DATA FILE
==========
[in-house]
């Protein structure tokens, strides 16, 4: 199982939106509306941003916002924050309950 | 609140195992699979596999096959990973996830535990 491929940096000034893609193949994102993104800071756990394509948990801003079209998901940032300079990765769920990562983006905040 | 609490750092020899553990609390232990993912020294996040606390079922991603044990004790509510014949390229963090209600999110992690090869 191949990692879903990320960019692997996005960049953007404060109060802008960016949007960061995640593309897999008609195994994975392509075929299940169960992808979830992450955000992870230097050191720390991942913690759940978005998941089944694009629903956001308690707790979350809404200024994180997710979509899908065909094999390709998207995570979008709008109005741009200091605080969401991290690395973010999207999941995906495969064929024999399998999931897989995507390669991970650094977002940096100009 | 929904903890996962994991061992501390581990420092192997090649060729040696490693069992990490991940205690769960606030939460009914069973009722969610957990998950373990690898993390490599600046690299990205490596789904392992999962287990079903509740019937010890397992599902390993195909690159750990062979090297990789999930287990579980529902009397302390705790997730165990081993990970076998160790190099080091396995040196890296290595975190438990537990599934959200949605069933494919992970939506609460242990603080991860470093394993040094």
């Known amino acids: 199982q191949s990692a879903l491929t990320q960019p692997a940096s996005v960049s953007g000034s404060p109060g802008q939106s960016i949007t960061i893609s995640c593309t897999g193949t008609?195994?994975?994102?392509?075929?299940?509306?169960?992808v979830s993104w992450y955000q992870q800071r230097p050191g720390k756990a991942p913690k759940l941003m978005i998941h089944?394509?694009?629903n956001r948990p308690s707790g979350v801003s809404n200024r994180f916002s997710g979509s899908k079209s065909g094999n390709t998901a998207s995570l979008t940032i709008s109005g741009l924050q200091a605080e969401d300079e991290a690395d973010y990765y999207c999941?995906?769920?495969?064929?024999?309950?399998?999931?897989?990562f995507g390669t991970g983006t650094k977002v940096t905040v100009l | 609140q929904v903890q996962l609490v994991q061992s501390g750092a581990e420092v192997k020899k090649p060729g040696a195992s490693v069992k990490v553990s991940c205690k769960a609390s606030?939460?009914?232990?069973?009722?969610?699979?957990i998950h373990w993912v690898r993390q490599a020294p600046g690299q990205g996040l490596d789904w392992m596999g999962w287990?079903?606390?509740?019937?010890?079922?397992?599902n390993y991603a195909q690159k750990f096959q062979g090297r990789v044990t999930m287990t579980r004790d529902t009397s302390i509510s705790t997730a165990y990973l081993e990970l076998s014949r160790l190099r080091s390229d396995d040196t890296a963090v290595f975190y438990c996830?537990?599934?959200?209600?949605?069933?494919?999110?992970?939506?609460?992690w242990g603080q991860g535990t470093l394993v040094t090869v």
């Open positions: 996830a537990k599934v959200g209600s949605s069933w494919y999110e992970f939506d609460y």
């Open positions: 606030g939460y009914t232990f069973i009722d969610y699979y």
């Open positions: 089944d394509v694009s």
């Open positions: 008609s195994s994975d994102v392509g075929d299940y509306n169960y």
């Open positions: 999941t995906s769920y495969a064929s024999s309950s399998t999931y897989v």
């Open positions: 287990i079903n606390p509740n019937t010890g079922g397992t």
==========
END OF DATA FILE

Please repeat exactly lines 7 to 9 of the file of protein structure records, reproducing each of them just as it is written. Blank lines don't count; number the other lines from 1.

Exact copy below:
């Open positions: 008609s195994s994975d994102v392509g075929d299940y509306n169960y």
């Open positions: 999941t995906s769920y495969a064929s024999s309950s399998t999931y897989v």
């Open positions: 287990i079903n606390p509740n019937t010890g079922g397992t």